by Dr. Kristi Lee
Visit with any district leader in Texas, and he or she will likely tell you there are state mandates and regulations that often make the job of teachers and school leaders much more challenging than necessary and do little to further a district’s goals. Whether it’s a new rule, more paperwork, or a time-consuming process, school districts often feel the burden of the Texas Education Code with little recourse but to appeal to legislators for relief.
The 84th Texas Legislature answered that appeal with the District of Innovation concept, a label that sounds fancy, but in reality, is simply a move to return more local control to school districts and the communities they serve.
The Bastrop ISD Board of Trustees recently joined a growing list of districts across the state by approving a resolution to initiate the process of becoming a District of Innovation. They also approved a local committee to examine those rules in the Code that most hinder the district and what innovative solutions may exist.
The 59-member local innovation committee--made up of parents, teachers, business leaders, community members, school/district administrators, students, board trustees, and teacher organization representatives--has already met twice to explore the options that make the most sense for Bastrop ISD. Another meeting is set for next week to develop the first draft of a plan.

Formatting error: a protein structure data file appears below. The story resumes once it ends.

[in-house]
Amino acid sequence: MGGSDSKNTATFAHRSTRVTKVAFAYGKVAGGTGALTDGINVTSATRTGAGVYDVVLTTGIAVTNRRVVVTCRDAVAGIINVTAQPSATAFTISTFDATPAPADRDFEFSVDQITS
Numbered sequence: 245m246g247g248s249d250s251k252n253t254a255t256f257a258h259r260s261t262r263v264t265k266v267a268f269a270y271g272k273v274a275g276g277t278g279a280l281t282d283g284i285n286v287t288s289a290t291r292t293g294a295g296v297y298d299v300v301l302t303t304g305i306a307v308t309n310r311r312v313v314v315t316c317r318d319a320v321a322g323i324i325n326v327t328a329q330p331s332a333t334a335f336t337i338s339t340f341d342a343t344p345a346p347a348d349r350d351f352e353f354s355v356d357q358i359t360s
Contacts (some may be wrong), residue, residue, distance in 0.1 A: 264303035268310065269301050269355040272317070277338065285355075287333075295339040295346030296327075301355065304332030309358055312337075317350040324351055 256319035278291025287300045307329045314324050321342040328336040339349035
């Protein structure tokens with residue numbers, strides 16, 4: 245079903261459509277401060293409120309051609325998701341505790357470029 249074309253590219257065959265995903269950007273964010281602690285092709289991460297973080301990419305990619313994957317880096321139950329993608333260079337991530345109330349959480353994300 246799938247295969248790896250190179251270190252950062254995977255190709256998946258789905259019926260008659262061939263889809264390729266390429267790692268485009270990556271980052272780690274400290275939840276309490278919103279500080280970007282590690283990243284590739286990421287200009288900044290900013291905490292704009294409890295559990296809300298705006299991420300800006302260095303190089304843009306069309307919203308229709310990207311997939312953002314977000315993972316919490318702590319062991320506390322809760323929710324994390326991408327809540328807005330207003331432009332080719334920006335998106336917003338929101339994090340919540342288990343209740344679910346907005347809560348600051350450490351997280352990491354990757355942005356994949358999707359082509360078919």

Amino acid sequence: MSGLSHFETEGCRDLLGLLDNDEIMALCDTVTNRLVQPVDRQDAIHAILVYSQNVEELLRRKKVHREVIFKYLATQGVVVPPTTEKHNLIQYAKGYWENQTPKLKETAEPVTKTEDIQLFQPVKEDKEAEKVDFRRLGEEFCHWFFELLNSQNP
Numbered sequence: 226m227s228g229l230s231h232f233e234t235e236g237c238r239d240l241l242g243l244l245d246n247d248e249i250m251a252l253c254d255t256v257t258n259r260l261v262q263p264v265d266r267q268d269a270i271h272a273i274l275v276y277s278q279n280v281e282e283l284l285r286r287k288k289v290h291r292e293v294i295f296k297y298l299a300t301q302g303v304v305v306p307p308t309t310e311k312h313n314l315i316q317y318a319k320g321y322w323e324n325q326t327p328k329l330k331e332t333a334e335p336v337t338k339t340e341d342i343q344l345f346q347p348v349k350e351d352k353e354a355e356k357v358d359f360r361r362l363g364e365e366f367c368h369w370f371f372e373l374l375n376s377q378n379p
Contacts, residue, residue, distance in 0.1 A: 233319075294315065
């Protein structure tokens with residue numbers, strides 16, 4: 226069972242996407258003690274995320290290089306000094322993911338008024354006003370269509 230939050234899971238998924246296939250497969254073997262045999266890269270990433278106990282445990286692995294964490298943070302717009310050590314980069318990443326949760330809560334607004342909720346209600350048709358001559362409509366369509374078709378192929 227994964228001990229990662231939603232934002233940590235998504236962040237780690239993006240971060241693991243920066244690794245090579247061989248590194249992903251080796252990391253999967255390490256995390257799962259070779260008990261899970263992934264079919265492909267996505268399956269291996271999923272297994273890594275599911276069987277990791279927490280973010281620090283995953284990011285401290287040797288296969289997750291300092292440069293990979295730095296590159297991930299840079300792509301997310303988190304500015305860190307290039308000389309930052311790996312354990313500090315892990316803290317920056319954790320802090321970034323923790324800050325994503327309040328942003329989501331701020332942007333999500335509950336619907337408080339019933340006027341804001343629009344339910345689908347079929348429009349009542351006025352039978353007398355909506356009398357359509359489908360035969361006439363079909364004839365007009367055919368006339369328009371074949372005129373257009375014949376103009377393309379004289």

Some areas in which the district may consider exemptions from the Texas Education Code relate to curriculum, instructional methods, campus/district governance, and modifications to the school calendar. The committee may also examine options in Career and Technical Education that could give the district flexibility in recruiting and hiring the best talent in key industries, a move that could have a positive impact on student learning in the classroom. This chart from the Texas Association of School Boards lists the various innovation plans of other districts around the state with explanations of exemption areas.
The innovation plan is expected to be unique to Bastrop, incorporating local values, needs, and the goals that are important to this community. A draft of the local innovation plan will be made available to the community on the Bastrop ISD District of Innovation webpage so that the committee can collect feedback and hear from constituents. The local innovation plan, if approved, would be in place for five years, although the committee would maintain the flexibility to review and make adjustments during that timeframe.
Dr. Kristi Lee is the Executive Director of Communications & Community Services for Bastrop ISD. Readers with questions about Bastrop ISD or about the District of Innovation process may call 512-772-7106 or email firstname.lastname@example.org.